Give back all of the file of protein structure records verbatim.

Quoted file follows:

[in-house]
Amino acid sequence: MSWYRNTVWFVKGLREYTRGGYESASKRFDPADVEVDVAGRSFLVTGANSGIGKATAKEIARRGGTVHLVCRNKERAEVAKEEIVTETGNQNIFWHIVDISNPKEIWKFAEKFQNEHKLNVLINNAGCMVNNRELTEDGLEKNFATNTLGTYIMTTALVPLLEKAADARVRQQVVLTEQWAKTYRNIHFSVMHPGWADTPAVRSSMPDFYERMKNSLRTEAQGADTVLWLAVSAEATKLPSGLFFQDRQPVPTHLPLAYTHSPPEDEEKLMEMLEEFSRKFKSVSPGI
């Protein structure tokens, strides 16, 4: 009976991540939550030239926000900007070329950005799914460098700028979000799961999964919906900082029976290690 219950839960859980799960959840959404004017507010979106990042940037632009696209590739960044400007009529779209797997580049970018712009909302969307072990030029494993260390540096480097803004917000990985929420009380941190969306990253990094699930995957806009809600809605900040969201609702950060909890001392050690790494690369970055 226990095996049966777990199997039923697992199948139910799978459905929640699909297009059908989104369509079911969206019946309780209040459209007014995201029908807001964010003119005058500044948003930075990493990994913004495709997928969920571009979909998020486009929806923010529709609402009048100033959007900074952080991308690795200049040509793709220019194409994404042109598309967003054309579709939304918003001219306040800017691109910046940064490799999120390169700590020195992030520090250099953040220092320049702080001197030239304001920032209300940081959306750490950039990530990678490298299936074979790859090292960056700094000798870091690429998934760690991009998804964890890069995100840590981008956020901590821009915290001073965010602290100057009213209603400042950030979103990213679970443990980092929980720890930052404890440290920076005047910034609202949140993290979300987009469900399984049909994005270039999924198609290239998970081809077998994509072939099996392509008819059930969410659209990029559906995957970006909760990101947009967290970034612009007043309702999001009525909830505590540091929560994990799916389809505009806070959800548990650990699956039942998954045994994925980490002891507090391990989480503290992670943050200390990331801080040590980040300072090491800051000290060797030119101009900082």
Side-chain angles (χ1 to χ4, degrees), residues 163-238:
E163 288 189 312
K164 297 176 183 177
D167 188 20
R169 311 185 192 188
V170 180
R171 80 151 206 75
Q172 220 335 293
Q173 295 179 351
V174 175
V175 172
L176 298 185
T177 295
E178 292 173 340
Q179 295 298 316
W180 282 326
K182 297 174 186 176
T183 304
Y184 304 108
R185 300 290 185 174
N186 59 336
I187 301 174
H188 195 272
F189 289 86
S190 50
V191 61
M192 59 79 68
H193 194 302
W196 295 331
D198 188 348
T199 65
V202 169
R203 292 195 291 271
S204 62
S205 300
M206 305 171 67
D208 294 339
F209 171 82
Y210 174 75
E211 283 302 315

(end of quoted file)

[in-house]
Amino acid sequence: MSWYRNTVWFVKGLREYTRGGYESASKRFDPADVEVDVAGRSFLVTGANSGIGKATAKEIARRGGTVHLVCRNKERAEVAKEEIVTETGNQNIFWHIVDISNPKEIWKFAEKFQNEHKLNVLINNAGCMVNNRELTEDGLEKNFATNTLGTYIMTTALVPLLEKAADARVRQQVVLTEQWAKTYRNIHFSVMHPGWADTPAVRSSMPDFYERMKNSLRTEAQGADTVLWLAVSAEATKLPSGLFFQDRQPVPTHLPLAYTHSPPEDEEKLMEMLEEFSRKFKSVSPGI
């Protein structure tokens, strides 16, 4: 009976991540939550030239926000900007070329950005799914460098700028979000799961999964919906900082029976290690 219950839960859980799960959840959404004017507010979106990042940037632009696209590739960044400007009529779209797997580049970018712009909302969307072990030029494993260390540096480097803004917000990985929420009380941190969306990253990094699930995957806009809600809605900040969201609702950060909890001392050690790494690369970055 226990095996049966777990199997039923697992199948139910799978459905929640699909297009059908989104369509079911969206019946309780209040459209007014995201029908807001964010003119005058500044948003930075990493990994913004495709997928969920571009979909998020486009929806923010529709609402009048100033959007900074952080991308690795200049040509793709220019194409994404042109598309967003054309579709939304918003001219306040800017691109910046940064490799999120390169700590020195992030520090250099953040220092320049702080001197030239304001920032209300940081959306750490950039990530990678490298299936074979790859090292960056700094000798870091690429998934760690991009998804964890890069995100840590981008956020901590821009915290001073965010602290100057009213209603400042950030979103990213679970443990980092929980720890930052404890440290920076005047910034609202949140993290979300987009469900399984049909994005270039999924198609290239998970081809077998994509072939099996392509008819059930969410659209990029559906995957970006909760990101947009967290970034612009007043309702999001009525909830505590540091929560994990799916389809505009806070959800548990650990699956039942998954045994994925980490002891507090391990989480503290992670943050200390990331801080040590980040300072090491800051000290060797030119101009900082």
Side-chain angles (χ1 to χ4, degrees), residues 163-238:
E163 288 189 312
K164 297 176 183 177
D167 188 20
R169 311 185 192 188
V170 180
R171 80 151 206 75
Q172 220 335 293
Q173 295 179 351
V174 175
V175 172
L176 298 185
T177 295
E178 292 173 340
Q179 295 298 316
W180 282 326
K182 297 174 186 176
T183 304
Y184 304 108
R185 300 290 185 174
N186 59 336
I187 301 174
H188 195 272
F189 289 86
S190 50
V191 61
M192 59 79 68
H193 194 302
W196 295 331
D198 188 348
T199 65
V202 169
R203 292 195 291 271
S204 62
S205 300
M206 305 171 67
D208 294 339
F209 171 82
Y210 174 75
E211 283 302 315